Early in my career I worked as a project managers at a tech company of sorts. While discussing why I was not getting the promotion I had applied and interviewed for, I was told something confounding "Dave, you identify problems to fix...managers don't like to fix problems" I sat back in my chair wondering "well what the hell do you do if making things better isn't one of them." Needless to say, I left that company shortly thereafter because status quo just isn't my thing.
Now I'm not saying that all managers avoid solving problems or improving the status quo. But you have to admit, many managers probably wish people would just do their jobs and not rock the boat. Which is probably why I was not a great fit for most managers I've worked with. My personal mantra is "If you aren't rocking the boat, you're not paddling" and ...well...I paddle. Beside a lack of desire to challenge the status quo, I think there are a few other reasons backed by research that might suggest managers are not the best ones to trust with the sole responsibility of evaluating talent.
They get it wrong...like A LOT
When it comes to people decisions, managers' track record is pretty bad. Like almost "multi-day weather forecast" bad. According to Gallup, companies pick the wrong people to promote 82% of the time. And a recent Harvard Business Review article highlighted research that said that nearly half of the people who participate in a High Potential or Accelerated Leadership program within a company, should not have been in the program at all. So suffice to say, they've got a bad track record of picking leadership talent.
They don't like leading people
What makes it worse is they really don't want the job, at least not the leading people part. A 2011 study by Barret-Kohler revealed that 68% of your managers (thats more than 2/3rds) don't like managing people. That seems like a big chunk. Personally, I am much better at the things I enjoy; for the rest of the things I need to do, I do enough to stay in the middle. So essentially, your managers are managing you and your people into the sea of mediocrity.
They didn't want to be leaders in the first place
When DDI asked for the top 2 reasons why they took a management role, the top 4 were ALL about self gain:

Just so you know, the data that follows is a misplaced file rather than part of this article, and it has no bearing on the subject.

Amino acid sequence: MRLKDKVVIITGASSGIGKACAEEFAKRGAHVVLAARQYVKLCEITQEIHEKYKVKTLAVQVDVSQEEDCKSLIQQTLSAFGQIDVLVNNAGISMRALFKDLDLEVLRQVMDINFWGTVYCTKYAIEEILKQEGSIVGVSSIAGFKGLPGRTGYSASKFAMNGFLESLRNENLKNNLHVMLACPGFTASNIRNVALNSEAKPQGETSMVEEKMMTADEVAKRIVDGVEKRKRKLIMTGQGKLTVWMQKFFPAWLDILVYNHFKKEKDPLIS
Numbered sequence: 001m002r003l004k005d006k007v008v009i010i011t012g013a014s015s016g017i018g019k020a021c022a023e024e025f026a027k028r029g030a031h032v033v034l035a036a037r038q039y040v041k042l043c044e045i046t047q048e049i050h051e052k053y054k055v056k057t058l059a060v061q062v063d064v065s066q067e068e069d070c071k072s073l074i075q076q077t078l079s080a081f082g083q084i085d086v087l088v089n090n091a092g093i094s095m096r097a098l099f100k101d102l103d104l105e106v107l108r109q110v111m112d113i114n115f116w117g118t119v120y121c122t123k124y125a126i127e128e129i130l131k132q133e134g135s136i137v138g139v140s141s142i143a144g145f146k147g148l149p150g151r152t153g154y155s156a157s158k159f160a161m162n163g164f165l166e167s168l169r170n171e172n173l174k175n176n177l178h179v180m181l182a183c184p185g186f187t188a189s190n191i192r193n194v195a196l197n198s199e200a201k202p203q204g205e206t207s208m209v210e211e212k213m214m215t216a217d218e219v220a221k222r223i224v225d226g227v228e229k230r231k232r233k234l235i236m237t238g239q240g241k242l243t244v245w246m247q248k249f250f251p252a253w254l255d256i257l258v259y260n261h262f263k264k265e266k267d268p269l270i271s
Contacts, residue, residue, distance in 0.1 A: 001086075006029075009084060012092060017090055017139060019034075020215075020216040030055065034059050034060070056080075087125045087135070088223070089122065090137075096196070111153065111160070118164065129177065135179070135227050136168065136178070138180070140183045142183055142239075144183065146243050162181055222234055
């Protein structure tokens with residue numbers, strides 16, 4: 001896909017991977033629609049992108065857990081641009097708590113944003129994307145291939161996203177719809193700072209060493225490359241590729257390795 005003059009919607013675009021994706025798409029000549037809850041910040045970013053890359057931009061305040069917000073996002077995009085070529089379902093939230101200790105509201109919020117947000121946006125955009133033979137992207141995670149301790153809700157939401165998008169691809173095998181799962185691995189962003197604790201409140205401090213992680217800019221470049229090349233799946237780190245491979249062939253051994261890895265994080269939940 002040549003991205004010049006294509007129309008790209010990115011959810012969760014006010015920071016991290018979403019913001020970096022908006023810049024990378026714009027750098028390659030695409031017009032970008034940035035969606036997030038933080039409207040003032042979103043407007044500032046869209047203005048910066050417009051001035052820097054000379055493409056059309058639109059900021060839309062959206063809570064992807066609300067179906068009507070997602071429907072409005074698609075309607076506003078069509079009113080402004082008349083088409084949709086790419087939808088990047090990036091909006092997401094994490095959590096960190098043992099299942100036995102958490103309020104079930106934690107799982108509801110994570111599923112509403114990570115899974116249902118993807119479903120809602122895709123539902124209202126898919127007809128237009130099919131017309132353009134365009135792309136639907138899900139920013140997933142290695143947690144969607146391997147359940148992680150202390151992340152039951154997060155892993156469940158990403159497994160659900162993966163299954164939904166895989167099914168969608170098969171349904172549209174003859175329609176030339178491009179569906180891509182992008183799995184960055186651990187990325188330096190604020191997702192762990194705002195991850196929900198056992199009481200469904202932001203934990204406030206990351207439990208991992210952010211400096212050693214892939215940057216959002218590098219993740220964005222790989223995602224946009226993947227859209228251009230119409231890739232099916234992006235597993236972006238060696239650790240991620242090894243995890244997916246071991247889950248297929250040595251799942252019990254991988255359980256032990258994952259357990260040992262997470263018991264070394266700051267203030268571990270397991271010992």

- more money = 50%
- develop myself = 39%
- only way to advance my career = 33%
- desire to make a bigger contribution = 33%
Barely squeaking into the top 5 (of only 6 choices) was "I want to lead others" at 23%. That's right, less than 1/4 of managers actually wanted to lead others, the rest are solely in it for themselves and their own advancement. Which isn't a huge deal until you consider the number 1 job for a manager is to lead her or his team to better results.
They have significant blind spots
In the same study as above, nearly all (89%) of managers rated themselves significantly higher than their actual skill level in at least one leadership area. Despite 57% of managers regretting their promotion, and 42% reporting that they don't feel they know what it takes to lead successfully, 87% gave themselves a good or excellent rating in doing it.
They are biased
To be fair, we are all biased. Which is why having a single perspective (especially considering all the things above) as the trusted source of identifying and addressing performance is wrought with judgement bias. Affinity bias is the most common and unrealized bias that can affect how managers evaluate talent. We have a tendency to like people who are most similar to us - so a variety of things can outweigh actual performance leading to a whole host of discrepancies in areas you don't want there to be (gender, ethnicity, sexual orientation, religion, age, etc.)
What is needed
Managers have a tough job. Many are doing the best they can with little to no support from their leaders, formal development, or access to training. What I suggest is that maybe trusting a single person (or even managers as a collective since the majority are subject to all of the things listed above) to be the evaluators of your talent isn't the most effective route.
What is needed is a truly holistic approach when it comes to identifying people who are great at what they do, people who need help, and people who others would follow. Being great at what you do should not be a qualification for doing something completely unrelated (as one new manager put it "I was unfamiliar with the skill set of being a manager".) There is information all around you in your organization.
Act as your own consultant
When hired, consultants start collecting lots of information and talk to people...all people, to collect data you've either long ignored or have not taken the time to collect. From focus groups, surveys, document analysis, to one-on-one conversations, organizations can get a much better picture of their talent. You don't need a consultant to do any of this, you just need to ask and listen to the people who will be impacted by your decisions on whom to promote.
If you are at all worried about engagement or retention, promoting the wrong person should be of great concern. Leverage more than just managers when identifying leaders and ask everyone who will be impacted. Your bottom line will thank you for it.